The Time of the Blockade
The events of 1948 led dramatically to the disparate development in the two parts of the city. To demonstrate its strong position in and around Berlin, the Soviet Union blocked the routes by land and water linking West Berlin with West Germany. The Soviet Union wanted to integrate the whole of Berlin into its sphere of power and force the western allies to retreat and to give up West Berlin. But it underestimated the Berliners’ strong desire for freedom and the western allies’ commitment to the city. In a unique action, at the end of 1948, the “airlift” was set up. Every day, for almost a whole year, up to 12,000 tons of essential supplies were flown into the city minute by minute. Under the organization of American military governor Lucius D. Clay, two million people were supplied with food and other necessities during the difficult phase of reconstruction. During this time, an airport was built and a power station – flown in piece by piece – was erected. It was given the name of the former governing mayor, Ernst Reuter. After 11 months, when the Soviet Union finally realized that the blockade was futile, it was called off. The work of Greater Berlin’s municipal self-government was destroyed in the autumn of 1948. Communist demonstrators forced Berlin’s democratically elected representatives out of the Red Town Hall, which was located in the eastern sector. The delegates moved to the western sector and elected a new municipal council, only for West Berlin. Ernst Reuter was elected as mayor. This meant that the city now had a divided administration; but it was still possible to work in all the sectors. The Underground and S-Bahn carried on crossing the sectoral borders without problems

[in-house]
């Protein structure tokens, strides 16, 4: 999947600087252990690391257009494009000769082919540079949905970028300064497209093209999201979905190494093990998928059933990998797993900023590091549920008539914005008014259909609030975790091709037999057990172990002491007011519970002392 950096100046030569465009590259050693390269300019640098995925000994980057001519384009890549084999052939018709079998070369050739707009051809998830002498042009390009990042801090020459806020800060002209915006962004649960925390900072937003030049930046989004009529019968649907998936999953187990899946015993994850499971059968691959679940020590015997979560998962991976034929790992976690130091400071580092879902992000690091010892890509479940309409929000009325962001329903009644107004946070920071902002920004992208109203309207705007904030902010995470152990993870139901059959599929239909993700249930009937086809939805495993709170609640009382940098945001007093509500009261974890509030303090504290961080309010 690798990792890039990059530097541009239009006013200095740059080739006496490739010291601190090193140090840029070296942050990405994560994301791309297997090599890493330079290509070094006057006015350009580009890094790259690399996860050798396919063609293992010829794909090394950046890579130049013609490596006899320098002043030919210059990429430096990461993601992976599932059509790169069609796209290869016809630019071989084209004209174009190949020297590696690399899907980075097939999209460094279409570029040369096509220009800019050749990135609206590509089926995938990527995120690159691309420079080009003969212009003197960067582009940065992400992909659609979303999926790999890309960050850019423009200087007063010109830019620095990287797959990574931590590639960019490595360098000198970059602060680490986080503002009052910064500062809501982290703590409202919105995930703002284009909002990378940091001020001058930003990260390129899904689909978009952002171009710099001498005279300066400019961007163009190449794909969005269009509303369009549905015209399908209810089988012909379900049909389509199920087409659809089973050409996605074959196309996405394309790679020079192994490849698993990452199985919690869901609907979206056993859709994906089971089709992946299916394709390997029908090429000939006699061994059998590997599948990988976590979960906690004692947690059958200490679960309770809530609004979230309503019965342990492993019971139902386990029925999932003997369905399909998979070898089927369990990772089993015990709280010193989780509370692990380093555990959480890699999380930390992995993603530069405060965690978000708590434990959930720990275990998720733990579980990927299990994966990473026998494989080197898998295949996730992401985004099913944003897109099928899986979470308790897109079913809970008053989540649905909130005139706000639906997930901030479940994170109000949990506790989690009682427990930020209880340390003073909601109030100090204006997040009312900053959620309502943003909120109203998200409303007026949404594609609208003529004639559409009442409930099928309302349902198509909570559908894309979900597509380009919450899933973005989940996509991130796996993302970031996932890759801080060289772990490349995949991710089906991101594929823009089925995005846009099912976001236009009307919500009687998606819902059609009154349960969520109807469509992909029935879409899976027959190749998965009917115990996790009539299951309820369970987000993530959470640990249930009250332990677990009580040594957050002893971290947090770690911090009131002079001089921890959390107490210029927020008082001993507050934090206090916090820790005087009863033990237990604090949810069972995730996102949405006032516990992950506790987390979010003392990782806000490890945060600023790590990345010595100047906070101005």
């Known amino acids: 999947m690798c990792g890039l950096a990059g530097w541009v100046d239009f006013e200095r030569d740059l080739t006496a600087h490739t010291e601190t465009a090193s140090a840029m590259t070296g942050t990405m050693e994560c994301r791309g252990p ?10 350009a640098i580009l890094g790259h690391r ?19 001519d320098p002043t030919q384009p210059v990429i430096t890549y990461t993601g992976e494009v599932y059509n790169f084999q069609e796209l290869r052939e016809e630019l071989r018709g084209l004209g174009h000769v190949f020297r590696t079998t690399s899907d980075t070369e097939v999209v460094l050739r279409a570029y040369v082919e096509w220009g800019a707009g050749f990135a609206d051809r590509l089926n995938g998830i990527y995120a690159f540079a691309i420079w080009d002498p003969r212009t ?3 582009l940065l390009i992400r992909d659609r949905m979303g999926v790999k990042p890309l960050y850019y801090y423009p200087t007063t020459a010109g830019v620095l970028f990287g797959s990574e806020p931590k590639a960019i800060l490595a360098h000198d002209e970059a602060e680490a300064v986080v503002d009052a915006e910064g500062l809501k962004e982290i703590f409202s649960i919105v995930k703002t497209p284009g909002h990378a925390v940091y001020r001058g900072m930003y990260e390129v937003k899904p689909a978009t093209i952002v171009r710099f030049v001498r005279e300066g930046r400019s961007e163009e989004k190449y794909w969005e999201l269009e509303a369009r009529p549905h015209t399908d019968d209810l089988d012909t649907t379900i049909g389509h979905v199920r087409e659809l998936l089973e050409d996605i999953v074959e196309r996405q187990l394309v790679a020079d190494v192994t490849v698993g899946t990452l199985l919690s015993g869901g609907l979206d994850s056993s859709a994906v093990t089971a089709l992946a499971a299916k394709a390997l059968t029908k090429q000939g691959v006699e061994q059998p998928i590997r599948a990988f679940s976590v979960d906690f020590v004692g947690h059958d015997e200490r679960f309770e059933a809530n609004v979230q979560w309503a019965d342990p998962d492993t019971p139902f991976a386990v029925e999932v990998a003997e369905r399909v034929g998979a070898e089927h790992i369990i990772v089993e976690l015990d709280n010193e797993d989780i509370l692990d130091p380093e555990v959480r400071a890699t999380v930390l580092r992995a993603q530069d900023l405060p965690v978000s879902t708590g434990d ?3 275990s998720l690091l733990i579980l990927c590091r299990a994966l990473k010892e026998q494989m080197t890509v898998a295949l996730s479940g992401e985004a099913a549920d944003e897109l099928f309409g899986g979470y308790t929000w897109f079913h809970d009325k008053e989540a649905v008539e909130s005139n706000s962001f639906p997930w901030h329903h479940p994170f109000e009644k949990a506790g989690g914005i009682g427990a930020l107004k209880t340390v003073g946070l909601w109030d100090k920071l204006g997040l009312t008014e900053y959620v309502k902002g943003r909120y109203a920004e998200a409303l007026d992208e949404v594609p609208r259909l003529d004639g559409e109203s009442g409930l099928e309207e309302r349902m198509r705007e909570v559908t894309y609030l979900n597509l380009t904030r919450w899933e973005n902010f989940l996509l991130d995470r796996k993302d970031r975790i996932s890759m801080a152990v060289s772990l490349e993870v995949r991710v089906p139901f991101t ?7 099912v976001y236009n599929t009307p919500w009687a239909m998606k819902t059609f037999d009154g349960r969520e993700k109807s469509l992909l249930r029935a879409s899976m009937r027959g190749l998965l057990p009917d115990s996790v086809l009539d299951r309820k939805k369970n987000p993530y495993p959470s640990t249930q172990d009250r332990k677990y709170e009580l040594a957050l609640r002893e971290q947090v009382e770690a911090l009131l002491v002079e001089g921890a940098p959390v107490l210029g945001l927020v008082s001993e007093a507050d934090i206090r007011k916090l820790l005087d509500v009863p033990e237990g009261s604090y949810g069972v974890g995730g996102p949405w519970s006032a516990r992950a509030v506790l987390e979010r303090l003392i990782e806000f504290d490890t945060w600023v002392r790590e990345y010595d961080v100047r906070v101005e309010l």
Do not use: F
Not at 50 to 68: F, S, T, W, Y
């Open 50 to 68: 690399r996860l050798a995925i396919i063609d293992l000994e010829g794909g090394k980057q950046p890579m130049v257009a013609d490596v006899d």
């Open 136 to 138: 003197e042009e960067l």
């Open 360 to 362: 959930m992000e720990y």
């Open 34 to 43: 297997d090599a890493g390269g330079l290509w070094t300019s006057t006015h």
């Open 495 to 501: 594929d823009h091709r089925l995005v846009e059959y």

The People’s Rebellion
The People’s Rebellion in 1953 made it clear how the conditions were in East Germany during the first years following the inception of the German Democratic Republic (GDR). On June 17th, 1953, in East Berlin and East Germany, people’s dissatisfaction with the political and economic system in the GDR came to a head with demonstrations, strikes and protests. The rebellion was brutally suppressed and the Soviet Union, by intervening with force, had made it clear that it was not prepared to allow a change in the political and economic system in the GDR.
The Khrushchev Ultimatum